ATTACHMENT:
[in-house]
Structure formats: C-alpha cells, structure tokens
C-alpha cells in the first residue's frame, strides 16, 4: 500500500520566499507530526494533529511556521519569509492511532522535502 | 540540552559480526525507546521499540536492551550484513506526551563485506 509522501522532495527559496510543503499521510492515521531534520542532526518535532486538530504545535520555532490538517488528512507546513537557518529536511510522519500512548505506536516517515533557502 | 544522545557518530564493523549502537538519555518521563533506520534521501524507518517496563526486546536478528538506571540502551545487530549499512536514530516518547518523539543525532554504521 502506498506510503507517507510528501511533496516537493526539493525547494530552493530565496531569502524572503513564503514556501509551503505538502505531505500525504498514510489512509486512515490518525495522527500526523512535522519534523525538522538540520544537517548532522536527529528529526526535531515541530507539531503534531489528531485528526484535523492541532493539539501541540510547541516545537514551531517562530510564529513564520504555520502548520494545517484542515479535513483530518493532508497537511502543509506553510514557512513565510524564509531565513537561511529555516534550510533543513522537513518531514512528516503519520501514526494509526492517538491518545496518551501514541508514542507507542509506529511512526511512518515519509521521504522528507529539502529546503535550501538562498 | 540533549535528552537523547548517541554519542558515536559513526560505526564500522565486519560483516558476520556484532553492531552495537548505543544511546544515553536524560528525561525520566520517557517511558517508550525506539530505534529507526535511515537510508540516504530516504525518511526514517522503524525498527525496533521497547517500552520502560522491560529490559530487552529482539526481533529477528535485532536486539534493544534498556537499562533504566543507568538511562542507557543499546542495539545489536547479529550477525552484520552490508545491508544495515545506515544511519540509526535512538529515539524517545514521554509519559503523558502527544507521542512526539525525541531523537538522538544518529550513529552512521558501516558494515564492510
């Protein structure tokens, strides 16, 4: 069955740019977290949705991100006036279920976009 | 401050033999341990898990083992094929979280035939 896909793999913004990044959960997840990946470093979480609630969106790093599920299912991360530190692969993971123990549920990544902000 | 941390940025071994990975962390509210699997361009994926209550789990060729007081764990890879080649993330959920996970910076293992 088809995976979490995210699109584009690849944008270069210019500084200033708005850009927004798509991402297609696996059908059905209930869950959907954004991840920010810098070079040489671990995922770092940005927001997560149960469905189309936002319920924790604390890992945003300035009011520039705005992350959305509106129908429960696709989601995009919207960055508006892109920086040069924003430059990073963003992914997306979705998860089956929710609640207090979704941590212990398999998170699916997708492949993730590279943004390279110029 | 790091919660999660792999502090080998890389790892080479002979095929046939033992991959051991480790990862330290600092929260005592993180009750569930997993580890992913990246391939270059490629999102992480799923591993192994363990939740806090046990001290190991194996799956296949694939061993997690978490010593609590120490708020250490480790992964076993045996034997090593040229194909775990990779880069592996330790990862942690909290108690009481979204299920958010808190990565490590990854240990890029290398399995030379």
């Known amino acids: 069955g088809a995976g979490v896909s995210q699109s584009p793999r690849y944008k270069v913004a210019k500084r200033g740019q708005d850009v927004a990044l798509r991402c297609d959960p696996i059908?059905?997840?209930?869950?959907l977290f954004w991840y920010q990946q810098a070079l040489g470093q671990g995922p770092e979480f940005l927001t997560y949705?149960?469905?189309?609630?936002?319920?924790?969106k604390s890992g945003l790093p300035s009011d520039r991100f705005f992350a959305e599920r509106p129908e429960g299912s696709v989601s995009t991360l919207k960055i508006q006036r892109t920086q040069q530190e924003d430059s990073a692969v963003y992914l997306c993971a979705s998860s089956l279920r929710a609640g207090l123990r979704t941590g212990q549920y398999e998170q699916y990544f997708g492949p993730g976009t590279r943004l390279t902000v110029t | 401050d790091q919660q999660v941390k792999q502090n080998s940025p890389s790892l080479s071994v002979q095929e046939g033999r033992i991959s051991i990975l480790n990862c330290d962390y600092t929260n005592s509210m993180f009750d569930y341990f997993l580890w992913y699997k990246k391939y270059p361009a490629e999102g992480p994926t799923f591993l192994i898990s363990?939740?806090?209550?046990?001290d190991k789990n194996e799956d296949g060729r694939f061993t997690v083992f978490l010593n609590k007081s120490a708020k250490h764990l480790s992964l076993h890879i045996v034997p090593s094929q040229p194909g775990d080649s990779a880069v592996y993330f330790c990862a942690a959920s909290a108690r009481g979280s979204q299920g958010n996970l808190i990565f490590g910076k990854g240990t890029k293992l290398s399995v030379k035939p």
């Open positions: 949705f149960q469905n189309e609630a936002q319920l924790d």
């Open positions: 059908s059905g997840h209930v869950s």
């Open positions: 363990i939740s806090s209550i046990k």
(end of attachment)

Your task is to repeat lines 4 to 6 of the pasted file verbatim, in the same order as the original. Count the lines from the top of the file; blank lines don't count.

């Protein structure tokens, strides 16, 4: 069955740019977290949705991100006036279920976009 | 401050033999341990898990083992094929979280035939 896909793999913004990044959960997840990946470093979480609630969106790093599920299912991360530190692969993971123990549920990544902000 | 941390940025071994990975962390509210699997361009994926209550789990060729007081764990890879080649993330959920996970910076293992 088809995976979490995210699109584009690849944008270069210019500084200033708005850009927004798509991402297609696996059908059905209930869950959907954004991840920010810098070079040489671990995922770092940005927001997560149960469905189309936002319920924790604390890992945003300035009011520039705005992350959305509106129908429960696709989601995009919207960055508006892109920086040069924003430059990073963003992914997306979705998860089956929710609640207090979704941590212990398999998170699916997708492949993730590279943004390279110029 | 790091919660999660792999502090080998890389790892080479002979095929046939033992991959051991480790990862330290600092929260005592993180009750569930997993580890992913990246391939270059490629999102992480799923591993192994363990939740806090046990001290190991194996799956296949694939061993997690978490010593609590120490708020250490480790992964076993045996034997090593040229194909775990990779880069592996330790990862942690909290108690009481979204299920958010808190990565490590990854240990890029290398399995030379």
């Known amino acids: 069955g088809a995976g979490v896909s995210q699109s584009p793999r690849y944008k270069v913004a210019k500084r200033g740019q708005d850009v927004a990044l798509r991402c297609d959960p696996i059908?059905?997840?209930?869950?959907l977290f954004w991840y920010q990946q810098a070079l040489g470093q671990g995922p770092e979480f940005l927001t997560y949705?149960?469905?189309?609630?936002?319920?924790?969106k604390s890992g945003l790093p300035s009011d520039r991100f705005f992350a959305e599920r509106p129908e429960g299912s696709v989601s995009t991360l919207k960055i508006q006036r892109t920086q040069q530190e924003d430059s990073a692969v963003y992914l997306c993971a979705s998860s089956l279920r929710a609640g207090l123990r979704t941590g212990q549920y398999e998170q699916y990544f997708g492949p993730g976009t590279r943004l390279t902000v110029t | 401050d790091q919660q999660v941390k792999q502090n080998s940025p890389s790892l080479s071994v002979q095929e046939g033999r033992i991959s051991i990975l480790n990862c330290d962390y600092t929260n005592s509210m993180f009750d569930y341990f997993l580890w992913y699997k990246k391939y270059p361009a490629e999102g992480p994926t799923f591993l192994i898990s363990?939740?806090?209550?046990?001290d190991k789990n194996e799956d296949g060729r694939f061993t997690v083992f978490l010593n609590k007081s120490a708020k250490h764990l480790s992964l076993h890879i045996v034997p090593s094929q040229p194909g775990d080649s990779a880069v592996y993330f330790c990862a942690a959920s909290a108690r009481g979280s979204q299920g958010n996970l808190i990565f490590g910076k990854g240990t890029k293992l290398s399995v030379k035939p």
């Open positions: 949705f149960q469905n189309e609630a936002q319920l924790d």